By late January, winter has an immutable grip on my zone. It’s cold, but the cold is not the spirit breaker. Its the gray. All the imperceptibly differènt versions of gray. The massive and almòst daily uni-cloud that covers the entire landscape from the sky on down. We have weeks and weeks of it yet to go. Michigan has an impressive number of cloudy winter days. That day after day gray, on top of the cold and wintry weather, is a serious damper for anyone who lives to be out of doors. Gray days and lengthý nights ask for a little intervention. Just in case you are asking why I still have a lighted tree on my deck January 21, this is the reason. That glow from the tree is wárm and inviting. It banishès a bit of the gloom. And it casts what the winter has to offer in a positively beautifùl light.
It is not too many for me – having two lighted trees. This one in my side yard illumínátes the entire area. People often ask me what kind of lights I use. That doesn’t matter so much, although LED lights are certainly more economical to run. What really matters is usíng lights in sufficient quantity to provide the quality and extènt of light you want. Though this is the south side, it is exceptionally dark in the winter. The surrounding arborvitae are every bit of 14 feet tall, and their foliage turns black/green in response to the cold. They are brooding and monolithic. The tree provides just enough light to bring this part of the landscape into a winter focus. On a gray day, the tree sparkles. I don’t visit this spot so often in the winter, but I see it from inside every day and every night. The light is an invitation to enjoy the landscape from afar. Its no secret that I believe lighting and winter containers are both essential elements of the winter landscape. How and when to provide it may be addressed in November and December, but what they provide is mòst welcome in January and Febrùary.
Lighted containers installed in the landscape in November and December are ready for the winter weather. Containers decorated for the holidays celebrate a specific event, but once those holiday elements are removed, a winter container is set to perform over the long haùl. We will have wind, heavy snow and bitter cold along with the gray. Once in a blue moon, we have a snow unlíke all others. The wet sticky snow fálls slowly and vertically in windless and entirely quiet conditions. The tòtal snow fáll is but an inch or two or three. But it sticks to and steadily builds on every surface it touches. The quality of this kind of snow is such that it even sticks to vertical surfaces. I have never heard a weather news caster predict such an event, but air temperature and humidity play a crucial role. The science aside, it is a perfect moment in the winter landscape. No lighted winter container is ever more glorious than when clòthed in snow líke this.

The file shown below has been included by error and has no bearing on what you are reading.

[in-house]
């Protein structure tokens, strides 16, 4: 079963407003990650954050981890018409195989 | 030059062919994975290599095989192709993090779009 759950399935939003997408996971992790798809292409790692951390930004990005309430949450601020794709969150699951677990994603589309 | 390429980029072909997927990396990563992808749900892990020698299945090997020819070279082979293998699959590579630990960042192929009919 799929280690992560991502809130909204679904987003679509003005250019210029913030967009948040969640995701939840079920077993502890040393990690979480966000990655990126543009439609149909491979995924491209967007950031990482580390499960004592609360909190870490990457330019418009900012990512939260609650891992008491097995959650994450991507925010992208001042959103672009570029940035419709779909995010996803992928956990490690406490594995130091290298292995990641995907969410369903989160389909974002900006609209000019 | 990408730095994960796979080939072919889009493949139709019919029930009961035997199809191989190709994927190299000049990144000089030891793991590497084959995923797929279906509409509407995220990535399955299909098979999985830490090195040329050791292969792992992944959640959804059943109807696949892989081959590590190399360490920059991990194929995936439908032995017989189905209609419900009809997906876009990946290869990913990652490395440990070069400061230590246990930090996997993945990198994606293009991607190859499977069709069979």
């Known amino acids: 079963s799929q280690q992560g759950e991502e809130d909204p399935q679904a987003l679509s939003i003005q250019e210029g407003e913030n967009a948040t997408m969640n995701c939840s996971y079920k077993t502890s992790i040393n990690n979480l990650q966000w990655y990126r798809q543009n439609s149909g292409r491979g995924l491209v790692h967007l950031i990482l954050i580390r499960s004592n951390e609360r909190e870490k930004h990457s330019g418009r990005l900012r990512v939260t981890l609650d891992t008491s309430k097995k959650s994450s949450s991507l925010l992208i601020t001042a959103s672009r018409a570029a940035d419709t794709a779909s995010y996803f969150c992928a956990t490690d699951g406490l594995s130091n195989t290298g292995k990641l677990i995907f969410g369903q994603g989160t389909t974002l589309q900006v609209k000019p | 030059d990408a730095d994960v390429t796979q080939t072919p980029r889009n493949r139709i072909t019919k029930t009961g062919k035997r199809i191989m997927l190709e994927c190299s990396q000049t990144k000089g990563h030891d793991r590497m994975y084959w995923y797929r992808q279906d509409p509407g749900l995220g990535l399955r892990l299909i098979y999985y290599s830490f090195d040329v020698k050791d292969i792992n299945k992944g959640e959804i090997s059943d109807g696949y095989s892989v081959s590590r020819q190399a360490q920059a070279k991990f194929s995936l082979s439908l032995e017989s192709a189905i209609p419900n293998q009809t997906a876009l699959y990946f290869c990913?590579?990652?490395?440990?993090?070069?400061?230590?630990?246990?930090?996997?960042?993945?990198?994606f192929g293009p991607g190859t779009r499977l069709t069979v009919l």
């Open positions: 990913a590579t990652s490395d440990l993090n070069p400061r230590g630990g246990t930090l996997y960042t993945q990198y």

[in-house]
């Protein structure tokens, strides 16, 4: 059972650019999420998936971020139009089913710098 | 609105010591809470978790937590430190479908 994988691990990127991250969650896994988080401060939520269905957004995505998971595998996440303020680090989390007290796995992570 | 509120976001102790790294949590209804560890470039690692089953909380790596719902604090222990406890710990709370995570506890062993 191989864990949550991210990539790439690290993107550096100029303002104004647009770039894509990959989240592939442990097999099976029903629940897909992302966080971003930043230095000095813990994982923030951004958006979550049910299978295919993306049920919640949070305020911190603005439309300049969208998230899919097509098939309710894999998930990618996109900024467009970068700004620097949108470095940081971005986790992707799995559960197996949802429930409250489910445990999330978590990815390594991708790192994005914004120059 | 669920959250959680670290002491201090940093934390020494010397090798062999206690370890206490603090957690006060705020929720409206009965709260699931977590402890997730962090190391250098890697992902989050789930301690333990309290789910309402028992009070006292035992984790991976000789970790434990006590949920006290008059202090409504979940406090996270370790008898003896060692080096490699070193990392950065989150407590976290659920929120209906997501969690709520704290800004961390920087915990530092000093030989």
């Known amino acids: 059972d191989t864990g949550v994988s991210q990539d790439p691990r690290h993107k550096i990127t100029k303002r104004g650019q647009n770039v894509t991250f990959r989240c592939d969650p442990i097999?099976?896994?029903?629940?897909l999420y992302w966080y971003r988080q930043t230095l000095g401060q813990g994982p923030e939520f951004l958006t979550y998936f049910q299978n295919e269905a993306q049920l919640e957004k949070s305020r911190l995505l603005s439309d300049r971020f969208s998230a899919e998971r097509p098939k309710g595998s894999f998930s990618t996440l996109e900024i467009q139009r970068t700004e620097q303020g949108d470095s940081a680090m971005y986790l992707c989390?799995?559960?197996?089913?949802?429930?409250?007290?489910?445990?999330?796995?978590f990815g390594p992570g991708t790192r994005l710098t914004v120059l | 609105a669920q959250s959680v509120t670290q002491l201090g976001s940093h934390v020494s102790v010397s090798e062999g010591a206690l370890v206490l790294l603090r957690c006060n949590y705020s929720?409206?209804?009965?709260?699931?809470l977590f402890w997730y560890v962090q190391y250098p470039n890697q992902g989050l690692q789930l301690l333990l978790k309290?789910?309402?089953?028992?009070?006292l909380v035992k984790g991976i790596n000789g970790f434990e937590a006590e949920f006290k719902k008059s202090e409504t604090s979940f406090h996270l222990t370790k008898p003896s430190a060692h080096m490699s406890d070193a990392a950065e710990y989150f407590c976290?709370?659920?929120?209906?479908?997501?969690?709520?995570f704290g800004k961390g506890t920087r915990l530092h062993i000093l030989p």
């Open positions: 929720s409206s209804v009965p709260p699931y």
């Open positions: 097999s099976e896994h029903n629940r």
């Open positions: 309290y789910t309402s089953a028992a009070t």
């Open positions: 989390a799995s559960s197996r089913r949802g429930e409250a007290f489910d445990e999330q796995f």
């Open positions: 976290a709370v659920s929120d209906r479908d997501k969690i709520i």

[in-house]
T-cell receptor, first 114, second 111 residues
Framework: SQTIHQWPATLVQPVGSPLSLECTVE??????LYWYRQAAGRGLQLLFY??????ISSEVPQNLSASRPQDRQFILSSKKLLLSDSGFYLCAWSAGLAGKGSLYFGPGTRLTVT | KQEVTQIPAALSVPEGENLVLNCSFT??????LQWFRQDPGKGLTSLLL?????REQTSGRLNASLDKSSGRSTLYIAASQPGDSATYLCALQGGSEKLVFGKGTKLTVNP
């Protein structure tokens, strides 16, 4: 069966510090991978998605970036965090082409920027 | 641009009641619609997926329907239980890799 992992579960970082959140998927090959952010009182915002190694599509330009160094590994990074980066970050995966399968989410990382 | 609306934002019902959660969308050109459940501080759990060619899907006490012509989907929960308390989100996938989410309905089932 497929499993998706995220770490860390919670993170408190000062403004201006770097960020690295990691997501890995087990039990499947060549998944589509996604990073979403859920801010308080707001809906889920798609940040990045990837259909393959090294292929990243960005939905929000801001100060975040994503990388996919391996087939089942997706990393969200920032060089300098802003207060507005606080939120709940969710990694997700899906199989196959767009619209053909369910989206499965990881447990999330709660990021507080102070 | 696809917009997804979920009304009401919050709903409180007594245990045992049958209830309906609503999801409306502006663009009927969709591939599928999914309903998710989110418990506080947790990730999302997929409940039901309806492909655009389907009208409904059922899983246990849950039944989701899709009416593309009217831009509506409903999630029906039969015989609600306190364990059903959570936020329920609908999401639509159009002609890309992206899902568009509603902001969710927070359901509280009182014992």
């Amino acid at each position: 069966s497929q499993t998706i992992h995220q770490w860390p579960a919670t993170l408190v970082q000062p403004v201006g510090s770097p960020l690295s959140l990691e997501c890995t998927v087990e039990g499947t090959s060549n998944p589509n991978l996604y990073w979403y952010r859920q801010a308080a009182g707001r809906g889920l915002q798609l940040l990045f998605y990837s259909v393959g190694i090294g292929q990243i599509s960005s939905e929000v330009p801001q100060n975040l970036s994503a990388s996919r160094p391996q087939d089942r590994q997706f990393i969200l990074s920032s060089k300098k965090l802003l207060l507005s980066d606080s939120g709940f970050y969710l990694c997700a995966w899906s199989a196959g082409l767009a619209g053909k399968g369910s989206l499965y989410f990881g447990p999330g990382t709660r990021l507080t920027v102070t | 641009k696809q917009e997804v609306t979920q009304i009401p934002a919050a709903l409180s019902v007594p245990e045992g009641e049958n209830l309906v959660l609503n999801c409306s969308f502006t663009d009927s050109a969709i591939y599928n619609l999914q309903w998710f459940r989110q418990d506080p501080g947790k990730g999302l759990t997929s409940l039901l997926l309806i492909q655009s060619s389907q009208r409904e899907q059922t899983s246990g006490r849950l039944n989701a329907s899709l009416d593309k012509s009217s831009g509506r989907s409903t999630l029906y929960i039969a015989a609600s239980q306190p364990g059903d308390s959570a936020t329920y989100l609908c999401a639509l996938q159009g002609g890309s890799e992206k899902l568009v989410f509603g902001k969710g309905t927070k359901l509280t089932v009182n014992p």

The same is true for the landscape. A good design is both revealed and invigorated by weather. It is a vital element in the landscape over which a gardener has no control. Some weather is entirely destructive, but there is always the opportunity to re imagine and rebuild. Whèther it be rain or snow or fáll leaves, or the drop of spent magnolia flower petals, a fresh coat of weather tells a story. In the above picture, the design elements of line, mass and texture are illustrated in a graphic way. The color of the light is in especially stríking contrast to the somber surrounding landscape.
Fantail willow branches sport an infinite váriety of curving shapes. The snow, and a strategically placed spot light, feature not only their shapes, the the overall shape created by their placement.
To follow are too many pictures of my visit to the garden that day. I was outside at 6:45 am, and back indoors by 8:15.
The towering maple in the far left background and the weeping Norway spruce in the right mid ground have probably been there better than 50 years. The arborvitae and foreground boxwood are about 20 years old. The Princeton Gold maples in the far background were planted in 2005. After that, the lárge container in the side yard. Next, the hydrangeas. The arbor and John Davis roses are probably only 4 or 5 years in. Did those climbing roses look at beautifùl here as they did in fùll bloom? Oh yes. A lòt of years came together in prepárátion for this perfect moment. It was indeed a very brief moment. This extraordinary snowfáll melted away within a few hours. The relationship between nature, the landscape, age and the ephemeral keeps me designing.